Posts Tagged: Reevaluating My Reading

Reevaluating My Reading: Genreflection

November 9, 2016 Books 4

Earlier this year, I took a look at my reading stats for the past 5 years to get an idea of (1) where the authors I’ve read come from and (2) the gender of those authors.

I also started writing this post back then but it languished in my drafts for months for no good reason… so here we are now. Keep in mind that these “Reevaluating My Reading” posts cover books I read from 2011-2015.

Here’s my intro from those posts:

I’ve been seeing more and more buzz about diversity in the book world lately, and I got curious:

How diverse are my reading habits?

There are lots of ways to measure this. Author or character gender, LGBT orientation, ethnicity or culture, disability or mental illness, and on and on and on. Today, though, I just want to focus on… genre.

Today I wanted to focus a little more on the content of the books themselves rather than the people that wrote them.

My reading habits have changed a bit over the past 5 years. I’ve gone from an MLIS student to a teen librarian at a public library to a tech librarian at an academic library. In 2014, I joined the Classics Club, and I signed up for the Foodies Read and TBR Pile Challenge projects in 2015. I started sewing in 2012, got interested in genealogy in 2013, and we bought a house just last year. All of these things have influenced my book diet.

– – –

Skip this section about methodology if you just want to see some pretty pie charts….

First, I separated the titles into fiction and nonfiction. Obviously!

Second, I tried to guess what I thought would be the most common and least common genres, and I combined “like” genres where appropriate. For example, I read very little in the way of straight-up romance or erotica. But for a while I was reading a lot of YA contemporary fic with strong romantic themes/plots, so I decided to lump anything focusing on relationships into one category.

Which brings up a particular point — I did not separate books based on either intended audience or format. Adult books are mixed in with YA and kids’ books, and audiobooks and graphic novels are mixed in with regular print.

A lot of books, fiction and nonfiction alike, can land in more than one genre or can be hard to define. In these cases, I just went with my gut. If I was shelving this book in my home library (which is arranged by genre/topic), where would it go?

– – –

Here’s what my genre breakdown looks like for fiction:

reevreading_genre_fic

Um, it’s pretty obvious that I have kind of a thing for speculative fiction, huh? Particularly high fantasy. High fantasy is set in another world as opposed to including fantasty elements in our own, which is why I included portal fantasy in this group. But it makes a big difference that a lot of high fantasy is done in series — like the 15-book Wheel of Time series that I read 2011-2013.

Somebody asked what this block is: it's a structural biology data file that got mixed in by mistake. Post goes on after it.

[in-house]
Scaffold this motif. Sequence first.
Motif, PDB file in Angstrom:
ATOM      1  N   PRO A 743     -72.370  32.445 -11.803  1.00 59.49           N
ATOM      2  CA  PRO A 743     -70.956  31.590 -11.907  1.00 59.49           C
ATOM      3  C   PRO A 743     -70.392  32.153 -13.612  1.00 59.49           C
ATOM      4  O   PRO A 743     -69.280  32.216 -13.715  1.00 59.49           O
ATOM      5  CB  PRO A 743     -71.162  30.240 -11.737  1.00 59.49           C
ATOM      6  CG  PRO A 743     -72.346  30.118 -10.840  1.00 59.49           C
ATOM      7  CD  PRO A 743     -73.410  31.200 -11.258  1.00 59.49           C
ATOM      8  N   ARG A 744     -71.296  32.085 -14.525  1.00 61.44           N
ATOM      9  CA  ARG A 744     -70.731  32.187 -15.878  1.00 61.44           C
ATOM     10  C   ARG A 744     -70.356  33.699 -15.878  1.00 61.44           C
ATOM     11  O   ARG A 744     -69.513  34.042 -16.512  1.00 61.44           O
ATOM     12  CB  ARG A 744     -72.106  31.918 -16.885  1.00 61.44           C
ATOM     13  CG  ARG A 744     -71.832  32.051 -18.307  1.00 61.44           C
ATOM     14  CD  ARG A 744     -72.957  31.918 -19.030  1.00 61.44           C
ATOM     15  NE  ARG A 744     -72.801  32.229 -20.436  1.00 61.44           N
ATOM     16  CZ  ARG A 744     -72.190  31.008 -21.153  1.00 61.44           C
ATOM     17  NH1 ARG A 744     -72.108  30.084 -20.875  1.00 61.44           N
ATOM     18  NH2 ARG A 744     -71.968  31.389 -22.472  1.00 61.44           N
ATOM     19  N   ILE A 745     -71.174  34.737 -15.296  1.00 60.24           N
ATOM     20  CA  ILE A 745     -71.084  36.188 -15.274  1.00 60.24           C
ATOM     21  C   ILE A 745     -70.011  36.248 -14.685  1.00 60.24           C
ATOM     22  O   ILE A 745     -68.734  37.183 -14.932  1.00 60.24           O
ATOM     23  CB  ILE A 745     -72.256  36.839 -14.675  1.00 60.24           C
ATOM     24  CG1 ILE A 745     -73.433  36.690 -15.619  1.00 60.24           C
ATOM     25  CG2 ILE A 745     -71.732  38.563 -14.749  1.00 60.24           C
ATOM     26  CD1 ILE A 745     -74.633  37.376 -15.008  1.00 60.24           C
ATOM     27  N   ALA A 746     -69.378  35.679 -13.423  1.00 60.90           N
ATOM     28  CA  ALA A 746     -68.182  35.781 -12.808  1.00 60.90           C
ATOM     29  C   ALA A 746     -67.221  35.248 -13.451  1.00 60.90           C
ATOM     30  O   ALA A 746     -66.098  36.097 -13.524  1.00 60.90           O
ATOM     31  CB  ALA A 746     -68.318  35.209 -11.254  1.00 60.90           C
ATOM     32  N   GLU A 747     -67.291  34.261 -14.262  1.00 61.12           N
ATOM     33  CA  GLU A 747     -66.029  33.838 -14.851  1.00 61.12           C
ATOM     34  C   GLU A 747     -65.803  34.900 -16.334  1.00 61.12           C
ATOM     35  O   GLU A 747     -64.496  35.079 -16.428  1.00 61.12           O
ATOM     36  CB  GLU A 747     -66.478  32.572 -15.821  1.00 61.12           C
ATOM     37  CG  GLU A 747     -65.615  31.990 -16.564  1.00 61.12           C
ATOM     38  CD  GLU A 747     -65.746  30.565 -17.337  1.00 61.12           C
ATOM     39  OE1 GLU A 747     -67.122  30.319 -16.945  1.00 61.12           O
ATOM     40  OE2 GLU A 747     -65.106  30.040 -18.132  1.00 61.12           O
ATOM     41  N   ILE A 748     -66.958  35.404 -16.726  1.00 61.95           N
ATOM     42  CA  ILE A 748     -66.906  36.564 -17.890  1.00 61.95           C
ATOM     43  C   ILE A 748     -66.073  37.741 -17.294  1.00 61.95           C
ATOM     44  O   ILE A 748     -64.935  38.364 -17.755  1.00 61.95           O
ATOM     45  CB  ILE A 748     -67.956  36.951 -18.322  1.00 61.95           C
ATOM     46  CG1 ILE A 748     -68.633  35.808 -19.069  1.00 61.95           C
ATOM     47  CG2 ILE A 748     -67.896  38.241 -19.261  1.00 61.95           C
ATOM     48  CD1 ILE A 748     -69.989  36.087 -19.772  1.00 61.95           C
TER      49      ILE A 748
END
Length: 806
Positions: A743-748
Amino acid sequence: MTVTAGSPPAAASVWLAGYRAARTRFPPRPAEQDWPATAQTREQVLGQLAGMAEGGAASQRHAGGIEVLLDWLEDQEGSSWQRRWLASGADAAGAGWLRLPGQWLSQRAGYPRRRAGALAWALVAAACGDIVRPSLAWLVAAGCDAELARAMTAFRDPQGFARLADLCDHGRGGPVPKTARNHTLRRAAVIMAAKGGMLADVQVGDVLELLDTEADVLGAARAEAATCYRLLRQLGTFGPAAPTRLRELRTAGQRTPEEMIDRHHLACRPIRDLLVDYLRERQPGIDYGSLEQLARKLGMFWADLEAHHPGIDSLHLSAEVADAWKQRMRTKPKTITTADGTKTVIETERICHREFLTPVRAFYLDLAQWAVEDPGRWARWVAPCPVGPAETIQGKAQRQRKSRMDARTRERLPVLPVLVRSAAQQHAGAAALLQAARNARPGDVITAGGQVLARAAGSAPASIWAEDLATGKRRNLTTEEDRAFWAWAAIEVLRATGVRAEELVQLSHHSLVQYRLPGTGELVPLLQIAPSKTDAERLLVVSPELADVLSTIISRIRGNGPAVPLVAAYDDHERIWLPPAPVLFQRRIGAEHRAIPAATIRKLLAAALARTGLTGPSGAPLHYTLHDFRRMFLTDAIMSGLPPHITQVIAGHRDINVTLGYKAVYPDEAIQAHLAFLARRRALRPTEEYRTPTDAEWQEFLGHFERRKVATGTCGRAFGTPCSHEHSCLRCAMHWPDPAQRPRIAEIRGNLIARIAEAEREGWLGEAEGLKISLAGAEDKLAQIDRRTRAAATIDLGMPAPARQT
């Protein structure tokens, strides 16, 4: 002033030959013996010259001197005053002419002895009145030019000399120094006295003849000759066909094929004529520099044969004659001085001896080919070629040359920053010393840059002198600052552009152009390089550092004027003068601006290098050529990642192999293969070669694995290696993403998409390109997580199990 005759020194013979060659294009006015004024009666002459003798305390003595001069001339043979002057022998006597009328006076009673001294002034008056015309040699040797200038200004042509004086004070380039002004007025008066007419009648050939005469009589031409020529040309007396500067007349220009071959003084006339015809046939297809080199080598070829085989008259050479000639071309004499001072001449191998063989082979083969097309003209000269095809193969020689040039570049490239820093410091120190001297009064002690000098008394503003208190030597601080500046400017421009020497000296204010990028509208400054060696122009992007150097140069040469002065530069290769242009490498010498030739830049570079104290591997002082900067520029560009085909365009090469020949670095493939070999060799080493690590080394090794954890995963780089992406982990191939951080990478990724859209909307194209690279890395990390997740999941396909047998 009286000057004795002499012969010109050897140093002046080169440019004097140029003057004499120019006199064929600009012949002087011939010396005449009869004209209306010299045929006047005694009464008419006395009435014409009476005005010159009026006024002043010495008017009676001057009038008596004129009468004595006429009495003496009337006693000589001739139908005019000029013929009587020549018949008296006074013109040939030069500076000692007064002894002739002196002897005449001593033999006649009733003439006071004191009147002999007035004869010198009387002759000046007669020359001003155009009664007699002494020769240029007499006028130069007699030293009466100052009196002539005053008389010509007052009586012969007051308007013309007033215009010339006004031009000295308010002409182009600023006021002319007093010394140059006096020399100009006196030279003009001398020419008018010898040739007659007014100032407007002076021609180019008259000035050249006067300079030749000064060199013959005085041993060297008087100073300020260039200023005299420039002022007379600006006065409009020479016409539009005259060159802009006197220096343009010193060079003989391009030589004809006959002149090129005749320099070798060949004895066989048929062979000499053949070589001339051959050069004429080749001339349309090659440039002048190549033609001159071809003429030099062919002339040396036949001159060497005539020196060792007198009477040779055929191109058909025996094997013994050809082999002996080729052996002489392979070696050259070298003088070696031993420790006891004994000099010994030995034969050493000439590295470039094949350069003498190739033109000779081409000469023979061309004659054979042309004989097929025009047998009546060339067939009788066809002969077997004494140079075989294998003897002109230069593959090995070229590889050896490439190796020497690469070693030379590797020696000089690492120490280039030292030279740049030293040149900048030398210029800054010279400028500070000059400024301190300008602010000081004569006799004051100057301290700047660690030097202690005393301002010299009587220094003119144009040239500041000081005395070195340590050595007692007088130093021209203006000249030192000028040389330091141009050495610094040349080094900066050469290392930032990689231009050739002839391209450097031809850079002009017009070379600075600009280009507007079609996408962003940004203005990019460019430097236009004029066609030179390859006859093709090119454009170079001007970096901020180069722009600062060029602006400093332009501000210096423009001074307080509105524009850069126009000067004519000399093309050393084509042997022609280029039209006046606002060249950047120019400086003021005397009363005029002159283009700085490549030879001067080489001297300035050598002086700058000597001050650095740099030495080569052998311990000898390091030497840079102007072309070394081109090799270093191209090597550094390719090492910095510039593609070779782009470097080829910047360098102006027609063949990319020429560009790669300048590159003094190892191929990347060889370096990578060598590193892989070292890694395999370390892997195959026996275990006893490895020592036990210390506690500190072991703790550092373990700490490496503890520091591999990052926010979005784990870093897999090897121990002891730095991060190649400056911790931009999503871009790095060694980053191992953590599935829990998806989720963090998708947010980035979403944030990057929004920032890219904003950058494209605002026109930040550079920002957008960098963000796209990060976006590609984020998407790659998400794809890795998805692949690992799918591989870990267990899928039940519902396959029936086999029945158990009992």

And of course the second most common genre is “low” fantasy — paranormal, magical steampunk (as opposed to sci-fi style steampunk), contemporary fairy tales, etc. A lot of this group is due to my high-YA diet during my tenure as a teen librarian. I still read some YA, just not as much these days.

And here’s nonfiction:

reevreading_genre_nfic

I think my nonfiction genres are a tiny bit more balanced. Biography/memoirs take the cake, but a lot of those are actually subject-specific or themed in some way. I rarely sit down with a big ol’ tell-all bio, but the story of an expat’s years in France or a journal from whatever time period I’m currently interested in will always grab my attention.

I’m a bit ashamed to see that I only read 2 books of poetry in all of 5 years, when I’ve been meaning to read more poetry from quite some time now… clearly I need a more defined goal or challenge if that’s going to happen!

– – –

So, talk to me — do you keep track of which fiction genres / nonfiction subjects you’re reading about? Do you have a good idea of what genre(s) you consume most? And are pie charts the bee’s knees or what?


Reevaluating My Reading: Battle of the Sexes

February 20, 2016 Books 0

A little while ago I did some quick number-crunching to figure out where the authors of the books I’ve read over the past 5 years have come from.

Here’s my intro from that post:

I’ve been seeing more and more buzz about diversity in the book world lately, and I got curious:

How diverse are my reading habits?

There are lots of ways to measure this. Author or character gender, LGBT orientation, ethnicity or culture, disability or mental illness, and on and on and on. Today, though, I just want to focus on gender.

Just a quick note: Yes, I am aware that there is a difference between gender and biological sex. Read the section below if you want more info about my methods. Otherwise, just trust that I did my best to make sure each author was represented as accurately as possible.

– – –

This section is all blahblahblah about how I gathered the stats, so skip to the bottom if you just want to see some pretty pie charts mkay?